SALT LAKE CITY — A woman convicted of helping a former street preacher kidnap then-Utah teenager Elizabeth Smart from her Salt Lake City home in 2002 has been denied early parole.

The decision announced Monday night by the Utah Board of Pardons and Parole was expected after Wanda Barzee, 72, refused to attend her hearing last month before the state parole board that could have helped her get out of prison before her scheduled release on Jan. 29, 2024.

Barzee has also refused to take undergo a mental health evaluation she would need to get out early.

The board instead set a new hearing for January 2023, though it said in the decision that it would consider an earlier date if Barzee takes the mental health evaluation.

Smart, now 30, declined comment on the decision through a spokesman. She said after the June 12 hearing that she's concerned that Barzee hasn't changed after learning that Barzee is still carrying around a manuscript containing revelations the former street preacher, Brian David Mitchell, said he received from God that told him to kidnap Smart. She said the manuscript also contains other "disturbing and dangerous ideas." She didn't say how she knows Barzee has the book.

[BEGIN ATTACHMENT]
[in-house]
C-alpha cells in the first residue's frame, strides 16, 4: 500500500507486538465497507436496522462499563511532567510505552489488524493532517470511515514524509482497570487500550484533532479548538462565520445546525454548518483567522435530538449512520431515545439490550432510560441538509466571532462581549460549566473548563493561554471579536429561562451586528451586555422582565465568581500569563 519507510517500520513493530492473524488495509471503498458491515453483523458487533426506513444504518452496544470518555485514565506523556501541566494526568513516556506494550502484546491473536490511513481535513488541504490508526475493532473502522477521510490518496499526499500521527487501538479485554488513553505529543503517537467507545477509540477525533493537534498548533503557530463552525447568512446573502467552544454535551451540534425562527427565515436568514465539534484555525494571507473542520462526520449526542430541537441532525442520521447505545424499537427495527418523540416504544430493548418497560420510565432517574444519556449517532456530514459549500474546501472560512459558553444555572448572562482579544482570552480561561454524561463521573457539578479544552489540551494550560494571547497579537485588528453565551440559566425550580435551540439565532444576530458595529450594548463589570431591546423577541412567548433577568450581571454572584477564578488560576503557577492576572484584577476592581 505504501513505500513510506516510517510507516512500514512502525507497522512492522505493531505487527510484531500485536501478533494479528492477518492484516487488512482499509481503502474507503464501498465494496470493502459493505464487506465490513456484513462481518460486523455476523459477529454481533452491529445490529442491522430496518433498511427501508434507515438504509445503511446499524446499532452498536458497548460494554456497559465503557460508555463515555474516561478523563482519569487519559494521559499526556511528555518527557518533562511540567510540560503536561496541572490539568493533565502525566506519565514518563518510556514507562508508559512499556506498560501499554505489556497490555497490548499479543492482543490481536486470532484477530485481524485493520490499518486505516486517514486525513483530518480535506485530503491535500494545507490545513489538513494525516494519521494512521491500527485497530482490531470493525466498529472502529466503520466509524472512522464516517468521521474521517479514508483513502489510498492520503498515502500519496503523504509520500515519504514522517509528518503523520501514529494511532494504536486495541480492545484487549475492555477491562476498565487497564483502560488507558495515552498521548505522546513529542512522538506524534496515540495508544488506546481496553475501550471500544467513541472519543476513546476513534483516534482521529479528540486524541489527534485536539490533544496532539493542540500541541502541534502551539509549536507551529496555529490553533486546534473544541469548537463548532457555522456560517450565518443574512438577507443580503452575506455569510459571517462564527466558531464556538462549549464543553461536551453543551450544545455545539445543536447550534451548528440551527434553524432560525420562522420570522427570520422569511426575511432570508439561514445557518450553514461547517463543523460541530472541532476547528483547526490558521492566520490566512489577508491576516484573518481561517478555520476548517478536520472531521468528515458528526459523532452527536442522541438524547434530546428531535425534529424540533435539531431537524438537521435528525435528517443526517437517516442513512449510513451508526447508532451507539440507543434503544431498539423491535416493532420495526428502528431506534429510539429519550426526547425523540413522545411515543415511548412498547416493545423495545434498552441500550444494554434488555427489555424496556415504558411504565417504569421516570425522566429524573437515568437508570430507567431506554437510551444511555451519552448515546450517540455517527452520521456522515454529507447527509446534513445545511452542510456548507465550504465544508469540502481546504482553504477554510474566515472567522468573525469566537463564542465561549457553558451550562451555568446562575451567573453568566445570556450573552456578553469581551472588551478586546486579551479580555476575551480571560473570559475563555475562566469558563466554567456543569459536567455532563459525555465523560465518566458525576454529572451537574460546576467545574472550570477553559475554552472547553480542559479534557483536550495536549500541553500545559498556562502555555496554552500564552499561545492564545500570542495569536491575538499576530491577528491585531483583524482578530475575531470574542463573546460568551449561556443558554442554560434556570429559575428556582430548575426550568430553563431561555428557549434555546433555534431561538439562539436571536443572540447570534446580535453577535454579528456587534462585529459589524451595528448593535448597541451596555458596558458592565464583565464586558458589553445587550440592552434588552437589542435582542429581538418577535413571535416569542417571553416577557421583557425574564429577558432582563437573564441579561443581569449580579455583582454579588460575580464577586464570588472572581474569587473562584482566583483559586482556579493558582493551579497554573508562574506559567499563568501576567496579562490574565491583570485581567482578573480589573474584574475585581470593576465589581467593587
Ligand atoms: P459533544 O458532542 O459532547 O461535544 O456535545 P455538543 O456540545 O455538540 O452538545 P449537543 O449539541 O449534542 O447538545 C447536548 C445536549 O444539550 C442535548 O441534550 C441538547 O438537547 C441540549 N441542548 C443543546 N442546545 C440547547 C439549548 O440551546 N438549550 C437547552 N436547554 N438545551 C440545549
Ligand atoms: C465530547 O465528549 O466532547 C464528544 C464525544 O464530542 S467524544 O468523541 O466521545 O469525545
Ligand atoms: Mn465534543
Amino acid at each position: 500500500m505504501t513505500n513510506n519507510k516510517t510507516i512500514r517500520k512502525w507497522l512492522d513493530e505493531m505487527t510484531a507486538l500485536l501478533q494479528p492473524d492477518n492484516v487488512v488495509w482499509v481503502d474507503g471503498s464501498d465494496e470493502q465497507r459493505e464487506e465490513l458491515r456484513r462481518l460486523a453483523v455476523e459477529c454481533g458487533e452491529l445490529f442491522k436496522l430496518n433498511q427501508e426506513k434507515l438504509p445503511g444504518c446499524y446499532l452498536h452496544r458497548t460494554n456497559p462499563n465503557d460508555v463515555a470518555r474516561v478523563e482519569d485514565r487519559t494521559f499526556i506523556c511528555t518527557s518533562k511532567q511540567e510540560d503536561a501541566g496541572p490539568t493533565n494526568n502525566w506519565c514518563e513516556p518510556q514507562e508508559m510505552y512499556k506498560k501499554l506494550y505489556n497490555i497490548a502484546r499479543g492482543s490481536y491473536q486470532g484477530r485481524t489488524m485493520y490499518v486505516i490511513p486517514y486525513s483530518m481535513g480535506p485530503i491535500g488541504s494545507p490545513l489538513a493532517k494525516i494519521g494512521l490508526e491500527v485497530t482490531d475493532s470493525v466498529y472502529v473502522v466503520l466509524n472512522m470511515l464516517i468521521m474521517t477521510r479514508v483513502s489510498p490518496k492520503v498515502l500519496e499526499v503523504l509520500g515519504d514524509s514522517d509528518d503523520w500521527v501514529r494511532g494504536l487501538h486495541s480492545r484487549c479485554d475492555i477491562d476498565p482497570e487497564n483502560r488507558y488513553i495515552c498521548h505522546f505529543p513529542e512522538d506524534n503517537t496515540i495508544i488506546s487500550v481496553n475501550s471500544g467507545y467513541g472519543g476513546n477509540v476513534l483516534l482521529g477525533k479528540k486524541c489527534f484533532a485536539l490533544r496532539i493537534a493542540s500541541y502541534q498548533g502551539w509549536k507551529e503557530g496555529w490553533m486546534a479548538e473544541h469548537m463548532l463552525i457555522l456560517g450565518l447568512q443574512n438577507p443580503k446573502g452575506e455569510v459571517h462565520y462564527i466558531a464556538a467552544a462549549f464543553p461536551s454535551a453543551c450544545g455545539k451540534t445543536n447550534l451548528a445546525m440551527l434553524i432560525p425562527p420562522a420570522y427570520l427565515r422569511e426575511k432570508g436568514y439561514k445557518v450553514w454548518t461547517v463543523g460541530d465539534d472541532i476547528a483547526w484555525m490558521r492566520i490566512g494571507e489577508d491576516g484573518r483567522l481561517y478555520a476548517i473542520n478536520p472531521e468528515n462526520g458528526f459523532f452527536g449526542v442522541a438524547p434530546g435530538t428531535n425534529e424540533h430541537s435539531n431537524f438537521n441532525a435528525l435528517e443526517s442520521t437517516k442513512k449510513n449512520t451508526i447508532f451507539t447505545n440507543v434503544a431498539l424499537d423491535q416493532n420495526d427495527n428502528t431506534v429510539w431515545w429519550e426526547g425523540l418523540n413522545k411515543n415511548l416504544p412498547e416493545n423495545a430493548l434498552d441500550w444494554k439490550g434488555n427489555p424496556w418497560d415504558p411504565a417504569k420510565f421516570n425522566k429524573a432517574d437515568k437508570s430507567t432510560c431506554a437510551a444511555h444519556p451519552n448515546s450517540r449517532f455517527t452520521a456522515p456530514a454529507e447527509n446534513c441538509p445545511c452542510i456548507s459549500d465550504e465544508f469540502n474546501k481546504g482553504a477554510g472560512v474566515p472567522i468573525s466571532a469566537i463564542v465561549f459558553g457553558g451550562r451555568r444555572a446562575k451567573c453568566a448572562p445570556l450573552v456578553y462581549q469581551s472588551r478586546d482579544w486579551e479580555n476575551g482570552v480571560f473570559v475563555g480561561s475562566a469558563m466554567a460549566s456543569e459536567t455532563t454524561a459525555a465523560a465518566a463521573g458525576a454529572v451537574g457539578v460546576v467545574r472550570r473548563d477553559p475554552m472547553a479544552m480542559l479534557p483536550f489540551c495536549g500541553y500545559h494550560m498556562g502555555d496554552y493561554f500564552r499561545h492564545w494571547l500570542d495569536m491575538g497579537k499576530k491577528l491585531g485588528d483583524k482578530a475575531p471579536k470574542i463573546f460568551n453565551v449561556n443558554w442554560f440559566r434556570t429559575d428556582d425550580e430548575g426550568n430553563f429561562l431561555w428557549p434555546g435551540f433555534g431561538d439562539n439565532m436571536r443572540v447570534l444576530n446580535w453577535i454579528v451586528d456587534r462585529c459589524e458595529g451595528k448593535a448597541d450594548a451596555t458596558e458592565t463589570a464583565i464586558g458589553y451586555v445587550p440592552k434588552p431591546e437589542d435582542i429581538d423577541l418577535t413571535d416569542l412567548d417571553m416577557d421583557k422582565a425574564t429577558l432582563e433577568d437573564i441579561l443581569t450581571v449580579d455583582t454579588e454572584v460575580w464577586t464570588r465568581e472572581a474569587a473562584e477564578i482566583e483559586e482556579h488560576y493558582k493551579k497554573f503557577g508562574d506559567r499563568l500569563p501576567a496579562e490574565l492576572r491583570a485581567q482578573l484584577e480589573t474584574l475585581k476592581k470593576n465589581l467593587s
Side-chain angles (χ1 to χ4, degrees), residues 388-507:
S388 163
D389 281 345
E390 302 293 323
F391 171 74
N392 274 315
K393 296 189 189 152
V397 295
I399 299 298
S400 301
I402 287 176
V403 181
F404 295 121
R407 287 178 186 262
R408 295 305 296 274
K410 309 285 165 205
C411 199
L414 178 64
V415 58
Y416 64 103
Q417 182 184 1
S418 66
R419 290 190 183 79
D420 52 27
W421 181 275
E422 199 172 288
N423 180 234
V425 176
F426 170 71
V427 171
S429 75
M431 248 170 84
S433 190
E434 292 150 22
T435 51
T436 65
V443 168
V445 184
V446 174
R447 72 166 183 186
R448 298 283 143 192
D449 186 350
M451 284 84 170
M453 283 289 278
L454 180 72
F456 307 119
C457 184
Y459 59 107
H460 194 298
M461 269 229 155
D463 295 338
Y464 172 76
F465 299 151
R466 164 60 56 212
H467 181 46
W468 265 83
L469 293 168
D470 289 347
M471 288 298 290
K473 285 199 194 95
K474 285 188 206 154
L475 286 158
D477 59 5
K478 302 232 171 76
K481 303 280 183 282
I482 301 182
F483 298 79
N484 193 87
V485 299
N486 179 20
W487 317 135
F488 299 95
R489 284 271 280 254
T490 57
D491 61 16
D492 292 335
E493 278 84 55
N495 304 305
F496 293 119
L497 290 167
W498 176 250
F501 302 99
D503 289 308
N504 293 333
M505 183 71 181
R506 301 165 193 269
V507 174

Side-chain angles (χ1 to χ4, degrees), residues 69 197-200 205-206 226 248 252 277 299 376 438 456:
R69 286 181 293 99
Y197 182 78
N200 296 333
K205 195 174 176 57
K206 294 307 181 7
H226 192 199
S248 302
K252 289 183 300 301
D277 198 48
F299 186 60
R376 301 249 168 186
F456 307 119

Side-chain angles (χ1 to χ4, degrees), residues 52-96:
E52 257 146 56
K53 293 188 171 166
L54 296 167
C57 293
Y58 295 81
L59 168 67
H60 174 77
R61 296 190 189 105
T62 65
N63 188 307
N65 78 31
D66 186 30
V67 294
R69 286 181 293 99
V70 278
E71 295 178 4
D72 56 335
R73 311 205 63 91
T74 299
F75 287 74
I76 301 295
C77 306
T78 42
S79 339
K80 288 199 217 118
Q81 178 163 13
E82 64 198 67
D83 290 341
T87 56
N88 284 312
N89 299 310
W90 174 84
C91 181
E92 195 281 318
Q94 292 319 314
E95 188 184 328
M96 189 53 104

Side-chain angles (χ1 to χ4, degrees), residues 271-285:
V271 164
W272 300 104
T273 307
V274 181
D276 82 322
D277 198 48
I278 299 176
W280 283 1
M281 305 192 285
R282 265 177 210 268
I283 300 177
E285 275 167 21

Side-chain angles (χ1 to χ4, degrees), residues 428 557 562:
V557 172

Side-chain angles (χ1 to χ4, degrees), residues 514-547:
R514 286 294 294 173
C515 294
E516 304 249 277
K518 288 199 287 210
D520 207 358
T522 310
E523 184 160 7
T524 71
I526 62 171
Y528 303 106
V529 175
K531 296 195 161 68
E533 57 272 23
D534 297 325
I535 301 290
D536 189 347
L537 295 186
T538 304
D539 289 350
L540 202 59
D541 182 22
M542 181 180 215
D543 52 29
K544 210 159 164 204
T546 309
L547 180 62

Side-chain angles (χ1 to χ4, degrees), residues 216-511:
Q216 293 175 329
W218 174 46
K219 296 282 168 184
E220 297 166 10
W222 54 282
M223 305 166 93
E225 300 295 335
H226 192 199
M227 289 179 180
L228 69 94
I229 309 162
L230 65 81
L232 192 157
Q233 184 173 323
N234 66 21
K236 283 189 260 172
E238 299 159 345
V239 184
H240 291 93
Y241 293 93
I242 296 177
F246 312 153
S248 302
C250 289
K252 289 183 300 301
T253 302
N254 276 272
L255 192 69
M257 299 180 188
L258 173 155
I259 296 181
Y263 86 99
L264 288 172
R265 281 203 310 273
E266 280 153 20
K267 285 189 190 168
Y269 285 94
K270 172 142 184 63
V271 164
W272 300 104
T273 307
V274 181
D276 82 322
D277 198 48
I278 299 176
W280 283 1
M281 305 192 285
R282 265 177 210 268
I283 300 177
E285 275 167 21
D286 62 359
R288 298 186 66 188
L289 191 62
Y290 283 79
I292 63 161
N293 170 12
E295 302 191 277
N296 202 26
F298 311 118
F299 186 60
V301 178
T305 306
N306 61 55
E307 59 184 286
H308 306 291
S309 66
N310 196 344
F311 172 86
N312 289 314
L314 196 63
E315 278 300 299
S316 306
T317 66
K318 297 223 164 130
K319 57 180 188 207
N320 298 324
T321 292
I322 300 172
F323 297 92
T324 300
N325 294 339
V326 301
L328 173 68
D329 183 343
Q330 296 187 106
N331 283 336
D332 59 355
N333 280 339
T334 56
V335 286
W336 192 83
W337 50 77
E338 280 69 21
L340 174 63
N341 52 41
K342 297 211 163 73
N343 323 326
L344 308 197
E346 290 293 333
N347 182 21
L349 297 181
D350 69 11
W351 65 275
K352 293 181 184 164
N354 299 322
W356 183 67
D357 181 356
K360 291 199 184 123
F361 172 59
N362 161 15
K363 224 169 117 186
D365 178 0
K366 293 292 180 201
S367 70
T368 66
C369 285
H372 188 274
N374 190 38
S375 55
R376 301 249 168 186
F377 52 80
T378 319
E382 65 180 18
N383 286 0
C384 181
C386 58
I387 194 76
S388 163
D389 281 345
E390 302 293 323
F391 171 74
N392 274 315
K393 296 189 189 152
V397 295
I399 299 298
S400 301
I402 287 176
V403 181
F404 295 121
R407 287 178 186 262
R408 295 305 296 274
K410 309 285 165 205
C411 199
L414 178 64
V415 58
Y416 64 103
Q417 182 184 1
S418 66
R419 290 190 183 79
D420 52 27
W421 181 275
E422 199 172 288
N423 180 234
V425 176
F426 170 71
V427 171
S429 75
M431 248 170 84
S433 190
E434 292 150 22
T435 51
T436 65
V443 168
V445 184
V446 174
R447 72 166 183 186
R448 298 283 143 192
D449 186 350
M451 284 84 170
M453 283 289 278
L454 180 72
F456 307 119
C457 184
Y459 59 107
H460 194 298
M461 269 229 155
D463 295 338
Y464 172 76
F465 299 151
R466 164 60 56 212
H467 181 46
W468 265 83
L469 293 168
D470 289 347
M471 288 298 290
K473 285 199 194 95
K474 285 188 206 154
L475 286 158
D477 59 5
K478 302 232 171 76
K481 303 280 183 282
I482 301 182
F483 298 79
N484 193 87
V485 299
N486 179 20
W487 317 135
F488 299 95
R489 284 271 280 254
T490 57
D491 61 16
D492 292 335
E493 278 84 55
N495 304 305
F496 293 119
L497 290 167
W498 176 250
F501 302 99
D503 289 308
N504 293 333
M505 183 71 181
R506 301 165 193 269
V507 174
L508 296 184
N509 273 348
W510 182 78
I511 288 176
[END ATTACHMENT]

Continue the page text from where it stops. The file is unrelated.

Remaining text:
Smart's abduction from her bedroom at knifepoint by a man who came in through an open kitchen window triggered waves of fear among parents everywhere. The frantic search for Smart and the mystery about who took her captivated the nation.

She was found nine months later while walking with Barzee and Mitchell on a street in the suburb of Sandy, Utah, by people who recognized the couple from media reports as suspects in Smart's kidnapping.

Mitchell is serving a life sentence after being convicted of kidnapping and raping Smart. He and Barzee were married at one point.

Before the kidnapping, the Smart family had paid Mitchell to do handyman work at the house after running into him in downtown Salt Lake City and thinking he was just a man down on his luck.

Smart, who is married with two children and pregnant with a third, has written a book about the harrowing ordeal and recently helped make a Lifetime movie and documentary about the crime and her life. She is now a child safety activist who regularly gives speeches.

She posted this week on her Instagram account about how she has learned not to focus on negative things that make you feel life is unfair and realized that bad things often lead to "knowledge, compassion, understanding, empathy, love, healing, and change."

"Looking back I can honestly say it was the worst experience I have ever dealt with and I hope no one ever goes through it again but I am also grateful it happened to me for what it has taught me and allowed me to be a part of, and for making me into the person I am today," Smart wrote.